The U.S. Still Looks for a Nuclear ‘Understanding’ with Iran

Iranian Supreme Leader Ayatollah Ali Khamanei makes a speech on February 17, 2021 in Tehran, Iran. (Photo by Iranian Leader Press Office / Handout/Anadolu Agency via Getty Images)

The suspension of a top envoy and increasing congressional backlash are threatening to derail the Biden administration’s months-long secret talks with Iran. The administration hopes to prevent the Islamic Republic from enriching uranium to the 90 percent threshold generally considered weapons grade. But critics worry if it’ll even work, and if it does, at what cost.

After missing congressional briefings and overseas trips for weeks, Special Envoy Rob Malley was suspended without pay by the State Department, according to Iran International. The news comes amid an ongoing investigation into Malley’s potential mishandling of classified documents. His security clearance had also reportedly been revoked some time in the two months ahead of his leave, preventing him from accessing sensitive national security material while on the job.

Malley led the Biden administration’s early efforts to revive the Obama-era Joint Comprehensive Plan of Action (JCPOA), commonly known as the Iran Nuclear Deal, after former President Donald Trump’s 2018 withdrawal from the agreement. Indirect talks to revive the agreement collapsed last year. 

For weeks, the State Department had said Malley’s absence was due to the illness of a close family member. Now, lawmakers are accusing the administration of knowingly misleading Congress and journalists about the special envoy’s whereabouts, and demanding greater input on Iran policy.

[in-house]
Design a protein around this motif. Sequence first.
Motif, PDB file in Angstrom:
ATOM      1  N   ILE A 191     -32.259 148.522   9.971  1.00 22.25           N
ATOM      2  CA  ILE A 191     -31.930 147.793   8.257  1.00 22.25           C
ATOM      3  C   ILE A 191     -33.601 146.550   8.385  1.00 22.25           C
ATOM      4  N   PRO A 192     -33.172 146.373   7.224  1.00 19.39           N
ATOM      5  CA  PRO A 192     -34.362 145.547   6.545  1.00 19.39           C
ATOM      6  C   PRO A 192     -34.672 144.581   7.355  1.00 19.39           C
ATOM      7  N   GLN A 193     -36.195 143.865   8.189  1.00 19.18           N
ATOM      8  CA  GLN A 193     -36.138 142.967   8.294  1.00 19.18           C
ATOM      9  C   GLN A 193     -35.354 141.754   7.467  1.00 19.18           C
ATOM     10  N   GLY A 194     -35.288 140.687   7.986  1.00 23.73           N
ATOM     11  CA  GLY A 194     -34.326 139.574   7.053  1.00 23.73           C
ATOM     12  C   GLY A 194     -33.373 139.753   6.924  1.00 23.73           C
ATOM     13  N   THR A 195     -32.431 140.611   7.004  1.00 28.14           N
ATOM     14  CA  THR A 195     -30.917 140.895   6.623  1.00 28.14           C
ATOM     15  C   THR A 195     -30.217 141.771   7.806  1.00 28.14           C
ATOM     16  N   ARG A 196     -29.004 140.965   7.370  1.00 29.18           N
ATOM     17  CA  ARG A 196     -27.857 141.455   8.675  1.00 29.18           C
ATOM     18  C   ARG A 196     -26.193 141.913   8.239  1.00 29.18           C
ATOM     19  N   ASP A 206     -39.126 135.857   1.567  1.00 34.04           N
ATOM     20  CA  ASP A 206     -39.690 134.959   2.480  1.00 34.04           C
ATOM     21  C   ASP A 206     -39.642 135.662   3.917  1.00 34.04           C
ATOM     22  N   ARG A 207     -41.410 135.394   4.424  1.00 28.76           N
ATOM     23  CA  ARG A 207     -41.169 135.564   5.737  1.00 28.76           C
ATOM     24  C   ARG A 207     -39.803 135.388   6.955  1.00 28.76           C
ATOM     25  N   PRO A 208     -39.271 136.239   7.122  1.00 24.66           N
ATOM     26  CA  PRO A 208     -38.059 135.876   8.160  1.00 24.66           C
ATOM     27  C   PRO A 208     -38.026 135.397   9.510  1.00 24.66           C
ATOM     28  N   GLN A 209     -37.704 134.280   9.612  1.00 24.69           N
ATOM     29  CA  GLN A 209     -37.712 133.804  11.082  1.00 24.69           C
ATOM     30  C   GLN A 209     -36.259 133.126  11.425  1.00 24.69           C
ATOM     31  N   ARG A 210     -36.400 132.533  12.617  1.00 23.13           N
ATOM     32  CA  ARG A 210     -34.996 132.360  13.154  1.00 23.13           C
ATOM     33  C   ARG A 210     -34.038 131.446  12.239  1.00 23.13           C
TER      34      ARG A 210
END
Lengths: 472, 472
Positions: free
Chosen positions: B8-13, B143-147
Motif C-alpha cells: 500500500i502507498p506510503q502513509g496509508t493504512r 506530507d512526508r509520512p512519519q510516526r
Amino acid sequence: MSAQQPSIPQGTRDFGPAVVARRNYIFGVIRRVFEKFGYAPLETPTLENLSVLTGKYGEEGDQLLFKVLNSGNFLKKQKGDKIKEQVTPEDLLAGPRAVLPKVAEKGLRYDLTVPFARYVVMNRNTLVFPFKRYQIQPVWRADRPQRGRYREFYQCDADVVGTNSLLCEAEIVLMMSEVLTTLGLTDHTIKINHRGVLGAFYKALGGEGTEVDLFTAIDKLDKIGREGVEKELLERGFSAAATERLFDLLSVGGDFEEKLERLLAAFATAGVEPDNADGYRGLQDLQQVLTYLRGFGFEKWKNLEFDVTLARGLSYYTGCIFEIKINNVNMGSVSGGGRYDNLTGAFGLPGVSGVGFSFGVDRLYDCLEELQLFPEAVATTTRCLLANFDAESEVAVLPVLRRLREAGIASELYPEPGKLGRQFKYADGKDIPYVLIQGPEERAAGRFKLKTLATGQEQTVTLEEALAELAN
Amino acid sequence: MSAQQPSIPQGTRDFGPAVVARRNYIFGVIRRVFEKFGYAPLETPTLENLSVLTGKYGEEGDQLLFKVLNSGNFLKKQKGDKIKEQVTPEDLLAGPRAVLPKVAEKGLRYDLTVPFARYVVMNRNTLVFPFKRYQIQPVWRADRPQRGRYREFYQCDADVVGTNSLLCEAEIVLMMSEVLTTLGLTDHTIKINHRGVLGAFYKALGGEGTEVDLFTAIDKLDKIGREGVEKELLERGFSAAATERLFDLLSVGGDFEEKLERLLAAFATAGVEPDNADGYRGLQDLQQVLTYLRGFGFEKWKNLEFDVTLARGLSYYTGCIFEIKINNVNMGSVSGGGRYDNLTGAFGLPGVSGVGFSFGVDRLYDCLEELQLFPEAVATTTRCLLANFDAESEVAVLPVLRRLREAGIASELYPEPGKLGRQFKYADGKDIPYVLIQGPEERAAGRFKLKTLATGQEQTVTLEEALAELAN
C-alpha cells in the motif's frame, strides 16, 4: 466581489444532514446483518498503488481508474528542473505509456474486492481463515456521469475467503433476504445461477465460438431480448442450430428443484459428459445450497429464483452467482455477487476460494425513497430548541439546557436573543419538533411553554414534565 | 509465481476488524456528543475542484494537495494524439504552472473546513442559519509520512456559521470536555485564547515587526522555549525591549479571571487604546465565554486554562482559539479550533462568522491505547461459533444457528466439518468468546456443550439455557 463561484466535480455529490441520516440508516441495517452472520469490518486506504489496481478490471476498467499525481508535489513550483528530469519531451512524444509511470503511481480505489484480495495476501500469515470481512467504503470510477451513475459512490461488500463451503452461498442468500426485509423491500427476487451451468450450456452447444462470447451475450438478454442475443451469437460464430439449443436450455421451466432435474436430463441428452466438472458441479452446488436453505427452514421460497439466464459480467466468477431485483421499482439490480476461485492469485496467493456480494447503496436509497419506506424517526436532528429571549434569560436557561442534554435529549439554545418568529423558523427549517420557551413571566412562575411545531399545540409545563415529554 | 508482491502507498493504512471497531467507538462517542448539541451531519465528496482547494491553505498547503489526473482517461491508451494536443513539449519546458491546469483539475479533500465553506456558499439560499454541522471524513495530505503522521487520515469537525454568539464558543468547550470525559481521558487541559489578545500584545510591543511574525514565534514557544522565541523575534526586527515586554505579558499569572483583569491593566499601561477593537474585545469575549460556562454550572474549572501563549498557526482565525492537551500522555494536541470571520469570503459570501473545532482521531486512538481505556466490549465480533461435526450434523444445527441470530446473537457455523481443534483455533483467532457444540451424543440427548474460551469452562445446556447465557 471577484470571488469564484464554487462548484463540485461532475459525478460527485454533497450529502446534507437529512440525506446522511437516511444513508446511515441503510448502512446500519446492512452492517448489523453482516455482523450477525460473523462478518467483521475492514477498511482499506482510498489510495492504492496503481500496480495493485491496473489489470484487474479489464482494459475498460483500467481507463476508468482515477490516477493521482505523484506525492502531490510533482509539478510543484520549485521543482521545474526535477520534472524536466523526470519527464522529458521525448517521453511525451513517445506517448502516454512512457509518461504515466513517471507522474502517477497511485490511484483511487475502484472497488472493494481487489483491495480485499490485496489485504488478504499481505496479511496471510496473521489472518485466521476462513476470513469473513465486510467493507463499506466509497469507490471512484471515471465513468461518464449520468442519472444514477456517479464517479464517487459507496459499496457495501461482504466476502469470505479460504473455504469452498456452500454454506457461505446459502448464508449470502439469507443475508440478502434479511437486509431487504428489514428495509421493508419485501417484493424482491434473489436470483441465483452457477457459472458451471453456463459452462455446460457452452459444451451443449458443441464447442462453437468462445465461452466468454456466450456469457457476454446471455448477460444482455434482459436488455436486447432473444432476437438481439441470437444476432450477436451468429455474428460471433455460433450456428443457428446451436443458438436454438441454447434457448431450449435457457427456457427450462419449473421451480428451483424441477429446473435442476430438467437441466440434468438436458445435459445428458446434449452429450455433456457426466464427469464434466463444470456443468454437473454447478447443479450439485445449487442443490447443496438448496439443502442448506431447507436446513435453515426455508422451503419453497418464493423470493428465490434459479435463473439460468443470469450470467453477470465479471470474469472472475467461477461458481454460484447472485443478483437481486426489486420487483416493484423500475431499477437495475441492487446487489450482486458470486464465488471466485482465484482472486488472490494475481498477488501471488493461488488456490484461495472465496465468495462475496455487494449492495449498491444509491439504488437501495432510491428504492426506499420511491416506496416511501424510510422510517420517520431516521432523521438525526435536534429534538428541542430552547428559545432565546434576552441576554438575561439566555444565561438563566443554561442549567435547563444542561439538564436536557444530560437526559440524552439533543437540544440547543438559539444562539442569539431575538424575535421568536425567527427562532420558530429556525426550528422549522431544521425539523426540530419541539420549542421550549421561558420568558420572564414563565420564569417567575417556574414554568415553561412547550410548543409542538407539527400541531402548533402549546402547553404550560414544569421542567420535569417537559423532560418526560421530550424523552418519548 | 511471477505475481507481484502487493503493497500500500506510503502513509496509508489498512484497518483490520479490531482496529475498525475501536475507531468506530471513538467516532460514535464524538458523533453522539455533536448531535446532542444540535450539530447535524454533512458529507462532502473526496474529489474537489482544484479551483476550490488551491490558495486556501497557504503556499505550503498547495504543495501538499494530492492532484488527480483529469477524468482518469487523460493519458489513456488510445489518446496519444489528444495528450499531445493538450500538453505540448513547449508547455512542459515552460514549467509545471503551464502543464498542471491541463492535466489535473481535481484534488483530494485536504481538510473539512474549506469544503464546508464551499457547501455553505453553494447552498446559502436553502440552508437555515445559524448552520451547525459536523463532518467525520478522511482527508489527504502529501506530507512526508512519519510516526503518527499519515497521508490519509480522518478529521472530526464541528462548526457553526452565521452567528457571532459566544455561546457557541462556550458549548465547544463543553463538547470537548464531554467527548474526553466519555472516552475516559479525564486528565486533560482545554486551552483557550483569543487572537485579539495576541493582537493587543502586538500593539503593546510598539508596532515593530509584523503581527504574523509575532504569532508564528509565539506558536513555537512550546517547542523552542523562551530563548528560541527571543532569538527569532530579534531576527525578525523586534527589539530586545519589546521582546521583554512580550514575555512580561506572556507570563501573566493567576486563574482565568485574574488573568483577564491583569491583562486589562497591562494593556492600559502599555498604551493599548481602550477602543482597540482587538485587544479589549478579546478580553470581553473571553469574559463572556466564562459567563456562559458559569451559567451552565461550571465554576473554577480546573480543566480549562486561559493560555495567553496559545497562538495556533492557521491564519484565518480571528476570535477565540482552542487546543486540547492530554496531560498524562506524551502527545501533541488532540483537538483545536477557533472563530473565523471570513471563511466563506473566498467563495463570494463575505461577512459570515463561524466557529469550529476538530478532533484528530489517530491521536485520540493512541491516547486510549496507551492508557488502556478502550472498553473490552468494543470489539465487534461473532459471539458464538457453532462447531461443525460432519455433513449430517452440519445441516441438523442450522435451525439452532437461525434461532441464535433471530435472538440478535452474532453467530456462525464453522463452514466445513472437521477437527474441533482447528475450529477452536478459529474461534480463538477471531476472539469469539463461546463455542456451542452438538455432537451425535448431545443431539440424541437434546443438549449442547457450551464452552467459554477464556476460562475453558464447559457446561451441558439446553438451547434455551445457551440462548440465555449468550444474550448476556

The news about Malley’s leave “follows the troubling recent revelation that the Biden Administration held indirect ‘proximity talks’ with the Iranian regime in May 2023, underscoring the importance of congressional oversight on Iran negotiations and policy, and for transparency and accountability on the part of the Department and the rest of the Biden Administration,” Rep. Michael McCaul, GOP chairman of the House Foreign Affairs Committee, wrote in a letter to Secretary of State Antony Blinken. 

“At no point did the Department indicate that Special Envoy Malley’s security clearance was suspended or under review, or that he was being investigated for potential misconduct,” he added.

Asked about Malley’s suspension, the State Department said the special envoy’s post had been taken over by his deputy, Abram Paley. But it appears that a new figure has emerged to lead the administration’s Iran policy in recent weeks: National Security Council official Brett McGurk. He has led indirect talks in Oman with Iran’s chief nuclear negotiator, Ali Bagheri Kani, to secure portions of the defunct deal that Malley failed to restore in full during negotiations in 2021 and 2022.

Iran itself is a serial violator of the JCPOA, conducting weapons sales, ballistic missile tests, and continuing enrichment. An inspection this year by the International Atomic Energy Agency, the United Nations’ atomic watchdog, detected “particles” of uranium enriched up to 83.7 percent—well beyond the levels needed for a nuclear energy program and in contravention of the deal’s 3.67 percent cap. It also reported Iran had amassed 192 pounds of uranium enriched to 60 percent—which, spun to 90 percent, would be just enough for a single nuclear weapon. Now Iran appears to be building an underground nuclear site so deep that military analysts fear it may be impenetrable even by U.S.-made “bunker buster” bombs. 

Thus U.S. officials are pushing Tehran to reinstate some constraints on its fast-advancing nuclear program and release one or more of the American citizens currently behind bars in Iran. In exchange, the U.S. reportedly plans to release Iranian assets frozen abroad—a process that is reportedly already underway.